Profile: Barkin' Up a New Tree

Love of dogs brings e-commerce to life for BarkinWoofer.

by staff writer
- Mar 20, 2009
Max Salmenson and Tallulah of BarkinWoofer

When your career goes to the dogs, sell dog accessories. That could easily sum up the last two years for Max Salmenson, a former computer programmer who recently found a new calling as online pet accessory merchant "BarkinWoofer".

Salmenson had always heard that eBay provided an easy route to set up a business. So when he was laid off after 25 years in the technology industry, he decided it was time to follow the family tradition into the retail business—only he would be the first to explore the online channel. It took some time to sniff out the right niche, but eventually his Boston terrier, Tallulah, led him to discover the wide world of dog accessories and gifts for dog lovers.

"I used to shop at the big box pet supply stores, but I started going to a couple of local boutiques, and I was amazed at how many different varieties of specialty items there were," Salmenson explains. "I thought, 'Now there's something I could sell.' It was an area I had some familiarity with as a dog owner. And dog people are usually pretty good to deal with."

Having been a buyer on eBay since 1998, Salmenson eagerly opened an eBay Store, BarkinWoofer: Togs for Dogs, in late 2007. Retail may be in his blood, but Salmenson acknowledges that selling online isn't as easy as it once seemed.

"It's been a slow start," he admits. "And eBay was making as much money as me on anything I sold."

Using Auctiva's eBay listing tools, he says, has helped to keep selling costs down. Through Auctiva, he's had access to invaluable services for free that would rack up additional fees on eBay or elsewhere—such as eBay image hosting, multiple images per listing and a scrolling store window that lets buyers see at all his eBay listings in one place.

On the scent of something new

Salmenson hopes to parlay his high feedback rating on eBay into a positive venture on Auctiva Commerce

A brief, but disappointing experiment with eBay's ProStores and some dabbling on CafePress gave Salmenson a taste for selling outside of eBay. In January, an e-mail invitation to join Auctiva Commerce was all the persuading he needed to take the leap.

Though he's still working to further establish his brand on eBay, Salmenson hopes to parlay his high feedback rating into a positive venture on the new e-commerce platform, where he recently opened BarkinWoofer.

"I like the site. I like the setup," he says. "I have a few things on my wish list of features, but I have gotten a lot of lookers."

Salmenson says he knew almost nothing about Web development when he first decided to sell online. But in setting up his eBay Store, he learned enough HTML to create Web links, and now he's created a supersite to serve as an entrance to all his stores. He used Photoshop to design his storefronts and matching listing template around the colors in his BarkinWoofer logo.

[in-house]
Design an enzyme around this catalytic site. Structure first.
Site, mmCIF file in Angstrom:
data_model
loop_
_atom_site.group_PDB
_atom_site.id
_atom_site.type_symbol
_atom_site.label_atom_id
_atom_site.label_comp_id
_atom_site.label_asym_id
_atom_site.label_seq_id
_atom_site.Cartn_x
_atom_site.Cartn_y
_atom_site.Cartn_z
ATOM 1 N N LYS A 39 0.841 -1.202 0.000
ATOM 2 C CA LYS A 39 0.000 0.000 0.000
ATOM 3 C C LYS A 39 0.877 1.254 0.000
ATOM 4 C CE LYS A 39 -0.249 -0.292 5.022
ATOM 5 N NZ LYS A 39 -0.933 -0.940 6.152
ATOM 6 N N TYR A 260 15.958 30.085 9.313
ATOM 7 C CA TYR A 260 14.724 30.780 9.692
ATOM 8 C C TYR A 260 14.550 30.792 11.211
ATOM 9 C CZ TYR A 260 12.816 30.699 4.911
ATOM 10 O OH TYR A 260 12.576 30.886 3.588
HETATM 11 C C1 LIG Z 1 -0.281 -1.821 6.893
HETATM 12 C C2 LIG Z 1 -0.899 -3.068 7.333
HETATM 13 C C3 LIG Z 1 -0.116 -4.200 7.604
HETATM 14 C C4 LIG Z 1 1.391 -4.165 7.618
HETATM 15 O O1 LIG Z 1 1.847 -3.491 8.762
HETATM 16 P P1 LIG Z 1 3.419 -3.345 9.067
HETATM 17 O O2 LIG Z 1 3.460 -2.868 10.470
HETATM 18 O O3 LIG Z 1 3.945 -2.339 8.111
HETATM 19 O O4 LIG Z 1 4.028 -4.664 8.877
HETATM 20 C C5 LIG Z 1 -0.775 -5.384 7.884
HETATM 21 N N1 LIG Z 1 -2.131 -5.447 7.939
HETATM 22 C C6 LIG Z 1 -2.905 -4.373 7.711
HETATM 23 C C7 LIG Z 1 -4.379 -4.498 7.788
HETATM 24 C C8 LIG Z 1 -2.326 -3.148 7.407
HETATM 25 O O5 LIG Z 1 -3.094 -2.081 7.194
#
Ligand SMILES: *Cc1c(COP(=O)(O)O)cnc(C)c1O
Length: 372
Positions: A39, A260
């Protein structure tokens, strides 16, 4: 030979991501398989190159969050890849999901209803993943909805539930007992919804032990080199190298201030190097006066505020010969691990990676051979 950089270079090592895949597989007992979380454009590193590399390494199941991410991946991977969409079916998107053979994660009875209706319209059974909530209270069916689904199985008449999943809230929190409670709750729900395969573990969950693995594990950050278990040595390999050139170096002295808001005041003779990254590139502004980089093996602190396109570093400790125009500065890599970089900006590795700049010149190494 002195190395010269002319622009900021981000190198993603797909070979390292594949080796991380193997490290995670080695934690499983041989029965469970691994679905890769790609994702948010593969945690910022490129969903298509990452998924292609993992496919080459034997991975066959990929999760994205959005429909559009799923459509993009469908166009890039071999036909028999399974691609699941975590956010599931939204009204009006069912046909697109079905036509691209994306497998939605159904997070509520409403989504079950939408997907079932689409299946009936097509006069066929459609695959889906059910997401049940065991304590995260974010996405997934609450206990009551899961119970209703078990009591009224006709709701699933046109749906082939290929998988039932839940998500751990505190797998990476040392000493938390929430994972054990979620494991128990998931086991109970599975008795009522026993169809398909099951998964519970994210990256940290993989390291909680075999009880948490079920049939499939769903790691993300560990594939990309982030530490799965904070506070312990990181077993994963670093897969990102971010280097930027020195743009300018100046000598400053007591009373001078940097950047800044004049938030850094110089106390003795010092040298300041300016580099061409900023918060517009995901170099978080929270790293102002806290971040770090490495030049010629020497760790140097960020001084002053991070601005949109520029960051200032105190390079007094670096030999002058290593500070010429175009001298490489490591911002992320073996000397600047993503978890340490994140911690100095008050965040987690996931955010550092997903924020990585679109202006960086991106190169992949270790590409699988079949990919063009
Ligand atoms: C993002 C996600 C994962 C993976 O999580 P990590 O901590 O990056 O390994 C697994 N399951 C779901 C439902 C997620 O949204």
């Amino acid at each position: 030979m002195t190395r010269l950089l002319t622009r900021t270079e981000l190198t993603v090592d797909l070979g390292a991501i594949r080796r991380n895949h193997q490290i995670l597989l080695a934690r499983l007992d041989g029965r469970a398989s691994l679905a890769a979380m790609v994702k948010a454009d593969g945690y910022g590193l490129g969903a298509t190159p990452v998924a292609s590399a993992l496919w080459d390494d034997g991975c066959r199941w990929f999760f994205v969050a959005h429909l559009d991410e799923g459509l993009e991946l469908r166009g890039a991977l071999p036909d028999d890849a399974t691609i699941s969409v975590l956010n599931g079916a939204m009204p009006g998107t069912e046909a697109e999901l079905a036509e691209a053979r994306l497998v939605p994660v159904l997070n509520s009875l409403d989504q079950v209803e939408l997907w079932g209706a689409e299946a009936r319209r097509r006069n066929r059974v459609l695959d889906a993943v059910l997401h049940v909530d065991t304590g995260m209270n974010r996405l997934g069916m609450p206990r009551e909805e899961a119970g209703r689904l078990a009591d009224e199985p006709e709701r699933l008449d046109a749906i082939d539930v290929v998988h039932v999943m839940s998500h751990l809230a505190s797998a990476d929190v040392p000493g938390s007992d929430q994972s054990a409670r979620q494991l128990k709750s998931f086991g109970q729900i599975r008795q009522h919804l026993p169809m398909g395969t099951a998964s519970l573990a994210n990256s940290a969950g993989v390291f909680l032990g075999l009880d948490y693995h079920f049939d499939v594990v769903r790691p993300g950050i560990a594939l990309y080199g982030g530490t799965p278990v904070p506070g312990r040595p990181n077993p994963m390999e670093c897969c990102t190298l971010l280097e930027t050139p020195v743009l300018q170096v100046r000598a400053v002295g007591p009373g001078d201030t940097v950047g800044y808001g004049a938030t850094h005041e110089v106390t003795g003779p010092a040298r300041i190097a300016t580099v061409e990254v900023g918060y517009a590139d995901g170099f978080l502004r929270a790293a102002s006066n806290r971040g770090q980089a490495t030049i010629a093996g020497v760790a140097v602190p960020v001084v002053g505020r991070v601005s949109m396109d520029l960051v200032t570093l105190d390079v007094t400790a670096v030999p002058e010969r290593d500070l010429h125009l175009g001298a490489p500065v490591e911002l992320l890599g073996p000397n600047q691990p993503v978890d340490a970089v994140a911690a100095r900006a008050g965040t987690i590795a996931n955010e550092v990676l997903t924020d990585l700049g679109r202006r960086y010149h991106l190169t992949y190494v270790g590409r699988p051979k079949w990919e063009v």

A recent foray into earth-friendly collars, leashes and stuffed toys is helping to boost clicks to Salmenson's listings. His "Oy Vey" collection for Jewish dogs has also proven to be a fun and popular specialty. He's chased down a few more product lines he'd like to introduce when the market picks up.

"When I choose a new product to sell, one of my criteria is whether I would be willing to use it with Tallulah or not," Salmenson explains. "If I can't answer yes to that, I won't sell the product. If it's not good enough for my dog, then it isn't good enough for my customers' dogs, either."

"I'm trying to expand into areas where I don't see a lot of people selling," he says, recalling an early mistake when he failed to research a product line before buying a wholesale lot. The price seemed too good to pass up, he says. He soon found out every other dog accessory merchant on eBay was selling identical items—sometimes for less than he could afford to.

Ready to run with the big dogs

One of the things you can do on Auctiva Commerce that you can't do cleanly on eBay is let customers choose the size and color

"As I get more set up with my Auctiva Commerce store, I want to offer products I can drop-ship—especially large items, such as dog beds," Salmenson adds. "That's something I haven't done before. But one of the things you can do on Auctiva Commerce that you can't do cleanly on eBay is let customers choose the size and color. So I want to let people choose what they want and then have it drop-shipped."

That's one way to avoid buying too much inventory too fast, he notes, revealing another lesson he's learned on the job.

"My warehouse is my living room. And let's just say that, right now, it's not a very good place to live," he laughs.

Salmenson hopes using Google Base and other search engine optimization techniques offered through Auctiva will bring more traffic to BarkinWoofer—and along with it, more sales. In the meantime, he's experimenting with product mix. Currently, many product lines are either split between his Auctiva Commerce store and eBay, or are on one or the other. "As I continue to build the AC Store, the product mix will change until I decide which products, if any, I will sell on eBay," he says.

"It's still early," he adds. "I'm just hoping to get my name out there."

Visit BarkinWoofer.

About the Author

Auctiva staff writers constantly monitor trends and best practices of those selling on eBay and elsewhere online. They attend relevant training seminars and trade shows and regularly discuss the market with PowerSellers and other market experts.

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